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Ford is keeping up their relentless web campaign to help promote the 2011 Explorer, and they’ve released three new videos to demonstrate what their new SUV crossover is capable of.

The three videos highlight the Ford Explorer’s Terrain Management System, Blind Spot Information System and the Trailer Control System. All three are pretty neat, although the Terrain Management System and the Blind Spot Information System are respectively, a gussied-up all-wheel drive system and an increasingly common technology respectively. The Trailer Control System is pretty cool, and considering that 30% of Explorer buyers tow, perhaps the most relevant.

[Source: Ford]

Hit the jump to see all three videos

Continue Reading…

 |  Jul 26 2010, 2:36 PM

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Having unveiled the all-new 2011 Explorer earlier today, Ford has now announced pricing for its newest SUV-turned Crossover, with the reborn utility vehicle starting at $28,995 including the $805 destination charge. Along with the standard Explorer, Ford will offer a mid-level XLT model and a Limited, which will begin at a more pricey $37,995. Comparatively, entry-level Explorer undercuts the newly released 2011 Jeep Grand Cherokee which starts at $30,995.

Based on the same architecture as the Taurus and Flex, the Explorer makes huge improvements in fuel economy, up 20 percent from last year’s model. This is due in part to a new EcoBoost 2.0-liter 4-cylinder that makes 237-hp at 5500 rpm and 250 ft-lbs of torque from 1700 to 4000 rpm. A V6 engine is also offered, with 3.5-liters of displacement and 290-hp with 255 ft-lbs of torque. Both engines get a 6-speed automatic transmission. V6 models also come with Ford’s new intelligent 4WD system with a terrain management system that allows the driver to use a simple console-mounted dial to choose between settings for snow, sand, mud and a normal mode. There’s also a hill descent mode. This should help pacify most potential buyers looking for SUV capability.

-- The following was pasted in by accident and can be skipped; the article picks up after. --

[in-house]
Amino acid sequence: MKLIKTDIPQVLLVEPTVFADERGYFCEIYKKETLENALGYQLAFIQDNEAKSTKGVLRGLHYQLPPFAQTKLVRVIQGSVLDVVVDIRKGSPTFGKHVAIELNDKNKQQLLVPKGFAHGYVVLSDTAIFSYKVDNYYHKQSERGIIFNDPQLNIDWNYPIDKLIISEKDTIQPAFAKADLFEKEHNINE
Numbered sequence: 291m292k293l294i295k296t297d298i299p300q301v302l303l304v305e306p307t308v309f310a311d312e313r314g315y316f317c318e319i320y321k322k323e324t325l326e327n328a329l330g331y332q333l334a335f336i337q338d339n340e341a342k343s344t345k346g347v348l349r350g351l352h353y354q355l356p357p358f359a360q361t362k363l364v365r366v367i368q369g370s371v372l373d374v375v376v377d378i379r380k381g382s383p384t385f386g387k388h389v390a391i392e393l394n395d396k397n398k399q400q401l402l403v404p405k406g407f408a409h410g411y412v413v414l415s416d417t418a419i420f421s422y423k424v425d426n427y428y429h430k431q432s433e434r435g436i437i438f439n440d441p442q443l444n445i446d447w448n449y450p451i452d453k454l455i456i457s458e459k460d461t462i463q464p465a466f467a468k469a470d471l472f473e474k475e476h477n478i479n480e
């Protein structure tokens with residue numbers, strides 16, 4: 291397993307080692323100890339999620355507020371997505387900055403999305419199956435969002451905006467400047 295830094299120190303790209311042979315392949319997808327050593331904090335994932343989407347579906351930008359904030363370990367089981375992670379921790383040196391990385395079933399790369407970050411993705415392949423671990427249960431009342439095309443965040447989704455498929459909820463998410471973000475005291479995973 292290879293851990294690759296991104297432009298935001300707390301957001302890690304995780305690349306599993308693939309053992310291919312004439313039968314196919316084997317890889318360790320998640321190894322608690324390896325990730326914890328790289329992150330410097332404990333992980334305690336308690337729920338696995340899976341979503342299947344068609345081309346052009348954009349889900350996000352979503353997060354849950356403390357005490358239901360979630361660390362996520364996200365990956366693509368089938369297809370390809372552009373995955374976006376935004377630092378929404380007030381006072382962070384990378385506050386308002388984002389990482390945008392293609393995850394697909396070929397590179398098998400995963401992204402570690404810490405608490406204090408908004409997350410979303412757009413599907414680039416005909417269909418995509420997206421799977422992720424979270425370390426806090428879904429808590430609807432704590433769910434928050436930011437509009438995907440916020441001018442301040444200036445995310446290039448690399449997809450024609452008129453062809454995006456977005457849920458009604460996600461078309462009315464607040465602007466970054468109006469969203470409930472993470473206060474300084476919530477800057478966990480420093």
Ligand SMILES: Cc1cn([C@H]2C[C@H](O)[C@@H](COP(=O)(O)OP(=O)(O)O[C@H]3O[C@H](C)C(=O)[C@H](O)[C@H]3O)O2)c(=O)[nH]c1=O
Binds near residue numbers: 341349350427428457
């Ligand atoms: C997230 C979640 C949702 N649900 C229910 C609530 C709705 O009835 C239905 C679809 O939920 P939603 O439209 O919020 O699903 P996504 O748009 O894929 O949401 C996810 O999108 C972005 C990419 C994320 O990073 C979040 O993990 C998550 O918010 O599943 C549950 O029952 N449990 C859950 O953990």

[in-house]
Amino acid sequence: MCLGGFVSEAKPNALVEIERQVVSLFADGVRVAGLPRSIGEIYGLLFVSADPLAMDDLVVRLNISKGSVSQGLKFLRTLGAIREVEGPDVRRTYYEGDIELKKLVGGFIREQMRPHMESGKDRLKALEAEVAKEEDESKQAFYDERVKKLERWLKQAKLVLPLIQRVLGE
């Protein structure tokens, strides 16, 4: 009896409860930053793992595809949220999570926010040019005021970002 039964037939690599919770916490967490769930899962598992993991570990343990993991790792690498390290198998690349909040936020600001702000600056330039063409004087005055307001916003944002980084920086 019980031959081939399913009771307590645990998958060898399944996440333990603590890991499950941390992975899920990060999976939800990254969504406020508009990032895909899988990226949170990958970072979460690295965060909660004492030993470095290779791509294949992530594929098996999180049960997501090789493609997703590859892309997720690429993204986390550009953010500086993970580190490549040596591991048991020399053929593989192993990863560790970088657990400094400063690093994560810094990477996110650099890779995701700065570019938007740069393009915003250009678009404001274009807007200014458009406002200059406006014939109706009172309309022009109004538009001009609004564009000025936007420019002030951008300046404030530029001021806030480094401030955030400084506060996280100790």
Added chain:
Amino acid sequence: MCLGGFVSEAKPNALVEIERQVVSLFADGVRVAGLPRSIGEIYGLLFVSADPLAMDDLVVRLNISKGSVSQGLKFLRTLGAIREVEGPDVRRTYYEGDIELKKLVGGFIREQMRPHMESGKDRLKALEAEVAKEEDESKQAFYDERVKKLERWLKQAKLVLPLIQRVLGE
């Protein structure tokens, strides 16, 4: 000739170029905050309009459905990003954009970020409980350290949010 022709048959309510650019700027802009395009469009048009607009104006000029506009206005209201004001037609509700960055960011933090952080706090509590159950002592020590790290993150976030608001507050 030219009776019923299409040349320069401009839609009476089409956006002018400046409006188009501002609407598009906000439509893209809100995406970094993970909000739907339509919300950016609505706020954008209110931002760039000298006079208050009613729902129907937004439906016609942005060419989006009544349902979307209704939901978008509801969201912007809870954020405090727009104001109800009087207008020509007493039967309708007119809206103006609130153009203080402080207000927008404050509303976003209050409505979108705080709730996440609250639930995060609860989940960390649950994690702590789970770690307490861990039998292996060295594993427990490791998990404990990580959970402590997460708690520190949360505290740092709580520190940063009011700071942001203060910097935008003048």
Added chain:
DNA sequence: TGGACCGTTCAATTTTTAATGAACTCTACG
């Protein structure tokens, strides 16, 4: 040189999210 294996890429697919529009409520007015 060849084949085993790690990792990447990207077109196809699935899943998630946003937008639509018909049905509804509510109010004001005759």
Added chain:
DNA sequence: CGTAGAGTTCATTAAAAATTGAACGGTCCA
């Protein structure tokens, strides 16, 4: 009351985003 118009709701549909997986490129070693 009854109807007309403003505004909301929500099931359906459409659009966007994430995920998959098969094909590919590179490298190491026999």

As for the other supposed drawback of a crossover, well, the V6-equipped Explorer is rated to tow 5,000 lbs. While that’s not that close to the 7,100-plus lbs. the old V8 Explorer was rated at, it’s 1,500 lbs more than the old V6 model.

As for interior room, there’s a three-row setup and while we’ve yet to sit in the new Explorer (later today), sized like the Flex third-row room should be adequate. And even with all seven-seats used, there’s still a solid amount of space for groceries – with a total of 80.7 cubic feet of space with 2nd and 3rd row seats down. The first two rows also gain head room over the previous model.